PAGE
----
Questions and confusion in the mailbox over absentee ballots

MILWAUKEE (WITI) -- You may be one of many who have received something in the mail on how to get an absentee ballot before the November election. The document seems harmless enough -- until you read the four easy steps you're to follow.

People living in Fredonia have been receiving these absentee ballot requests forms. Right on the front is the address of the village hall. But that is not where it got its start.

"It looks official, I mean it looks like it comes from the village," said Jenni Herrick.

Herrick's confusion only grew when her eyes scanned down the page and she saw step number three -- vote for Republican candidates. Looking closer, Herrick can tell the document is not from the Village of Fredonia after all. On the back in very small print, it says where it's really from -- the Republican Party of Wisconsin.

Sandi Tretow doesn't take as much of an issue with what's on the front page of the document. It's what's inside that has her concerned.

"This is the old request for an absentee ballot form -- and the instructions on there do not to say to provide your ID with the request," said Tretow.

Tretow says she already had one of these forms sent to her -- no ID included -- and had to send out a letter to the voter.

"We can't send them a ballot until we have their ID," said Tretow.

Tretow says she and her staff have gone through training from the Government Accountability Board specifically for the voter ID law -- and are confident in answering any questions from the public.

FOX6 News spoke with the Republican Party of Wisconsin. Officials say this flyer is in no way meant to be deceitful -- it is a campaign mailer. They say the fact that Republicans sponsor it is in two locations on the mailer. They also comment about the needed ID on the back page -- since the forms were printed as the law was being changed.

You can see a sample ballot here. At My Vote WI, just choose what kind of voter you are (regular, temporary overseas, permanent overseas or military), give the website your information (name and date of birth), and it will show you your sample ballot.

If you're not registered, My Vote WI can look up your sample ballot based on your address. And, you can start the voter registration process online.

How to apply for an absentee ballot:

Please note:  2011 Act 227 prohibits a voter who has voted and returned an absentee ballot from voting at the polling place on election day.

If you are not already registered, you will need to register to vote before an absentee ballot can be sent to you.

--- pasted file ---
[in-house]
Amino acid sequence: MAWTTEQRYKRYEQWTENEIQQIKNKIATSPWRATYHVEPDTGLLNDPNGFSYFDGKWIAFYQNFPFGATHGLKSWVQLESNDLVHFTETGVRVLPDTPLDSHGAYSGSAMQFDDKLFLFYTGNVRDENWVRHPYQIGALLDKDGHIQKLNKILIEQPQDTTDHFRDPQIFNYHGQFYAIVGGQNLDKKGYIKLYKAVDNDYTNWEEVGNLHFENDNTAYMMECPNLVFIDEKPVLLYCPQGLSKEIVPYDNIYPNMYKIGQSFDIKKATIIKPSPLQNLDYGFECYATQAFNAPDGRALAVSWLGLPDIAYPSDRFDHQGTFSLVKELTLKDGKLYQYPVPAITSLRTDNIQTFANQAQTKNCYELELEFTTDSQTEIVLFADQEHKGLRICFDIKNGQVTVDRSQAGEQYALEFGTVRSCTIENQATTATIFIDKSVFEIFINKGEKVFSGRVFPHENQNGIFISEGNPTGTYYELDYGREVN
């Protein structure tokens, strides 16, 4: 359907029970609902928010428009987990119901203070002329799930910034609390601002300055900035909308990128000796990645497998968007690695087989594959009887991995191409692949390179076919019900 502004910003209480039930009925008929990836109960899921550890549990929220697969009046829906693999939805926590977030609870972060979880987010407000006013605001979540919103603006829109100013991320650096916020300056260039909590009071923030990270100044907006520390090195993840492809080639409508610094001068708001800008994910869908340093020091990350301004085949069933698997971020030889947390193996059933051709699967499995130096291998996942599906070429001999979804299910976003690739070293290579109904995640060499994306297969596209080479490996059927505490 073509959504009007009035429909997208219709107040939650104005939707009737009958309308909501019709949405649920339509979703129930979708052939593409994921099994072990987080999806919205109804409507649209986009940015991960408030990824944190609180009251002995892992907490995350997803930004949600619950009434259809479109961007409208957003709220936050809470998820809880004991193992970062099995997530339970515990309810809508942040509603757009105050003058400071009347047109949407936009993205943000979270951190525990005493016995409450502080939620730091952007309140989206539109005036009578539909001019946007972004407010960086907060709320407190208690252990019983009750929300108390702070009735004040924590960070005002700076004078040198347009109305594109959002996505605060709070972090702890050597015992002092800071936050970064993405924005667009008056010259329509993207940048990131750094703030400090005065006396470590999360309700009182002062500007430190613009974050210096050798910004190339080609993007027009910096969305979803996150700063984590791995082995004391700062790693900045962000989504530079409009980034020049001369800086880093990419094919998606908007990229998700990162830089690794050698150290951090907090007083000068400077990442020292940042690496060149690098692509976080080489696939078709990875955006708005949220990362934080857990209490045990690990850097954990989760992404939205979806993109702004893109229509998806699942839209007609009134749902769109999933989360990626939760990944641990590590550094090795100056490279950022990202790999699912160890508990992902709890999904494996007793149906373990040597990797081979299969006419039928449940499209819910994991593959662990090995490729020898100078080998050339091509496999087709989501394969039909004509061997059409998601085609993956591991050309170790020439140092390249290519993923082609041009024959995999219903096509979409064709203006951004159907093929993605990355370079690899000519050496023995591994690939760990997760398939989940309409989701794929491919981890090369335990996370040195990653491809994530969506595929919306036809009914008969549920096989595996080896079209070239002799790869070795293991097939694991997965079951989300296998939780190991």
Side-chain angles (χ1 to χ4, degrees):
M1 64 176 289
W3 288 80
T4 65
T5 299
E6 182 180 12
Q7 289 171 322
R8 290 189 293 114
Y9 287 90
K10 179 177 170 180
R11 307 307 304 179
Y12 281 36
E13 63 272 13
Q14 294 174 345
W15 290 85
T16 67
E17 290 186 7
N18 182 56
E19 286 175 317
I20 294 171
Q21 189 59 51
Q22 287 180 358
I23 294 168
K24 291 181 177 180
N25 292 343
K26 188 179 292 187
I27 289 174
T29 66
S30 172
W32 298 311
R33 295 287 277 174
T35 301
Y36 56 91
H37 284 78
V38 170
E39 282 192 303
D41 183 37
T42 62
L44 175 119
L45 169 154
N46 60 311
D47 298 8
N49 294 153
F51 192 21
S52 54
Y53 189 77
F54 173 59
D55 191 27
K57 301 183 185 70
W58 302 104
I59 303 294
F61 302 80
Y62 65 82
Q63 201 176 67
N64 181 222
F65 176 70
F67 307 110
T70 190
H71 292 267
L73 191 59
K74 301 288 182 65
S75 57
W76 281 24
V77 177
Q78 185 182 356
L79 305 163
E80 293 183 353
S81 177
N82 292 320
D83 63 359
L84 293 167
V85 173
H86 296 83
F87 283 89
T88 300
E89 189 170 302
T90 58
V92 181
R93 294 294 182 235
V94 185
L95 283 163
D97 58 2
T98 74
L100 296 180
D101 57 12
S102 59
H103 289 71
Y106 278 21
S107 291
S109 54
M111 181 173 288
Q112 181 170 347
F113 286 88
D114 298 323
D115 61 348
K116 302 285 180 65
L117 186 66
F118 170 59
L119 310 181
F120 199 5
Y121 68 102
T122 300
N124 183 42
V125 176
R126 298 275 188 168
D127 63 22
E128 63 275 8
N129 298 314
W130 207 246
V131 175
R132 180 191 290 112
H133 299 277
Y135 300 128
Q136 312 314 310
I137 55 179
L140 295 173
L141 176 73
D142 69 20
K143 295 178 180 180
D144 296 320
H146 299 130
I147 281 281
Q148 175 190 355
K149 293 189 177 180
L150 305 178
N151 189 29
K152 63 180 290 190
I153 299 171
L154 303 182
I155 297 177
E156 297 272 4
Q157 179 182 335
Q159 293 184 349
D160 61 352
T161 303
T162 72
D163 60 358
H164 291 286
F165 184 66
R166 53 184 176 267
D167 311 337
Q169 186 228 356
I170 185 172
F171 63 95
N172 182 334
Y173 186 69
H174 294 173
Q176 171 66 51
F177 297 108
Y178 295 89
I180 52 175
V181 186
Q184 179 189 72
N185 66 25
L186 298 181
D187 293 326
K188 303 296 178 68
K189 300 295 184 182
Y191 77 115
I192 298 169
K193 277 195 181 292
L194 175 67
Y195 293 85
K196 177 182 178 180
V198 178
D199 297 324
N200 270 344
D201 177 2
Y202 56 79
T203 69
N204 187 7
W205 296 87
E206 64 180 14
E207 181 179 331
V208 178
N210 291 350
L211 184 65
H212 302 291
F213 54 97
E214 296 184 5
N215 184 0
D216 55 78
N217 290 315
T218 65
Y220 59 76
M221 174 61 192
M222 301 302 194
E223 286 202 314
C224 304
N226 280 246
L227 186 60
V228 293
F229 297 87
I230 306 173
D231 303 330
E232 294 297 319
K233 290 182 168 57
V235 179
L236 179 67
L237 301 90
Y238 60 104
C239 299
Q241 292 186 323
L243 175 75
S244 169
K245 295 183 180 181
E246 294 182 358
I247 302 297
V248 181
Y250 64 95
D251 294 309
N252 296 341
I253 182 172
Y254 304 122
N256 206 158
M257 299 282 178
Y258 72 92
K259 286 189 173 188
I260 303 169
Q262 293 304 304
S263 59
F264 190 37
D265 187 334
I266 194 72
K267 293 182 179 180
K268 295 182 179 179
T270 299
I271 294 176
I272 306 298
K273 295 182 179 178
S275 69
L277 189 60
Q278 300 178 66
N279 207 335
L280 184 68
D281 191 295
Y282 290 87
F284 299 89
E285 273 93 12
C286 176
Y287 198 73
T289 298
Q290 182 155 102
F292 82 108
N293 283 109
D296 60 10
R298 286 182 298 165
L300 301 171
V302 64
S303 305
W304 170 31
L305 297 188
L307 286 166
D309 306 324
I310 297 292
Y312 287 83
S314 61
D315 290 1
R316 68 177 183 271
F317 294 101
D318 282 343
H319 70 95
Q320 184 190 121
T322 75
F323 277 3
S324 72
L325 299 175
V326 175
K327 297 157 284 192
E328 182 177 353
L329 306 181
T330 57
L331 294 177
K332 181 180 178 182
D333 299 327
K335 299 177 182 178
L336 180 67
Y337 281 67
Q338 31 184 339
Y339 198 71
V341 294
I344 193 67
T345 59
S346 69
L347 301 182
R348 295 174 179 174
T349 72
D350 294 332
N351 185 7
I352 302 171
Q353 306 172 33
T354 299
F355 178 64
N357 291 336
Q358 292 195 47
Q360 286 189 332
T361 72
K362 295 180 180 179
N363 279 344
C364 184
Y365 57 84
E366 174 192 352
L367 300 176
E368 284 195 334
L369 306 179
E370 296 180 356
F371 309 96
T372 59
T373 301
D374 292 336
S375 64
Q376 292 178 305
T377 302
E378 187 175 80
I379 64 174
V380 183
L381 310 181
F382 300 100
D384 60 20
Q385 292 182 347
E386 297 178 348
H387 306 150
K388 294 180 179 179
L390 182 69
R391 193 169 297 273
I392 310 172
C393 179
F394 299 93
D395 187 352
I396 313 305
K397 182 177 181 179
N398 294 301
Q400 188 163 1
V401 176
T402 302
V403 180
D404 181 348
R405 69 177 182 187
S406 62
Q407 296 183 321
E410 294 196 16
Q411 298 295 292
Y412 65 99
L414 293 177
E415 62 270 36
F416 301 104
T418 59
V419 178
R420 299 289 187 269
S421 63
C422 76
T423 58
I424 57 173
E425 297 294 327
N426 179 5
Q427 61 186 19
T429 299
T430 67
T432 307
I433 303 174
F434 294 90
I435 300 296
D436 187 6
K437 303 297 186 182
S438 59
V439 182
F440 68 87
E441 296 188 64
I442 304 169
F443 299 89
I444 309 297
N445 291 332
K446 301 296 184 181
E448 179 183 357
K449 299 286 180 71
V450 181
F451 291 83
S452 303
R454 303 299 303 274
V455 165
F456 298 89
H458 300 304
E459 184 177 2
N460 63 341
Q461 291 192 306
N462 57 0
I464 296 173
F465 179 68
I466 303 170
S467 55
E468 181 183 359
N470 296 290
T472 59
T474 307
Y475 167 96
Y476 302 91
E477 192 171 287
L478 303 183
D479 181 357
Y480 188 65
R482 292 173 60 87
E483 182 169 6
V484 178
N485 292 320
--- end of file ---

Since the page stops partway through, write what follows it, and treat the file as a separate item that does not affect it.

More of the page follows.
Request by Mail

Download the Application For Absentee Ballot (GAB-121).  Complete the form and mail it to your municipal clerk's office (for the correct address please refer to the Listing of Local Municipal Clerks).  The application must be received by the clerk no later than 5:00 p.m. on the Thursday before the election in order for an absentee ballot to be mailed to you.

Request by E-Mail or Fax

A voter may request that a ballot be sent to them by sending an e-mail or fax to their municipal clerk. (See Directory of Local Municipal Clerks.)  This request must be made no later than 5:00 p.m. on the Thursday before the election in order for an absentee ballot to be mailed to you.

In-Person at your Municipal Clerk's Office

In-person absentee voting runs for two weeks before an election, ending at 5 p.m. or the close of business (whichever is later) on the Friday before the election.  Please check with your municipal clerk for regular office hours.

If you apply for an absentee ballot in your municipal clerk's office, you must vote immediately, seal your ballot in the proper envelope, and return it to a member of the clerk's staff.  No ballots may be taken from the clerk's office.

Instructions for Completing Absentee Ballot

Uniform instructions for absentee voters: Click here

Deadline for Returning Ballot: The completed ballot must either be delivered to the clerk no later than election day or postmarked no later than election day and received by the municipal clerk no later than 4 p.m. on the Friday after the election.

If you do not know who your clerk is, or where the clerk's office is located, please refer to the Listing of all Wisconsin Municipal Clerks. Use the "Find" command in Adobe Acrobat Reader to search for a specific municipal clerk. This listing contains telephone and fax numbers as well as addresses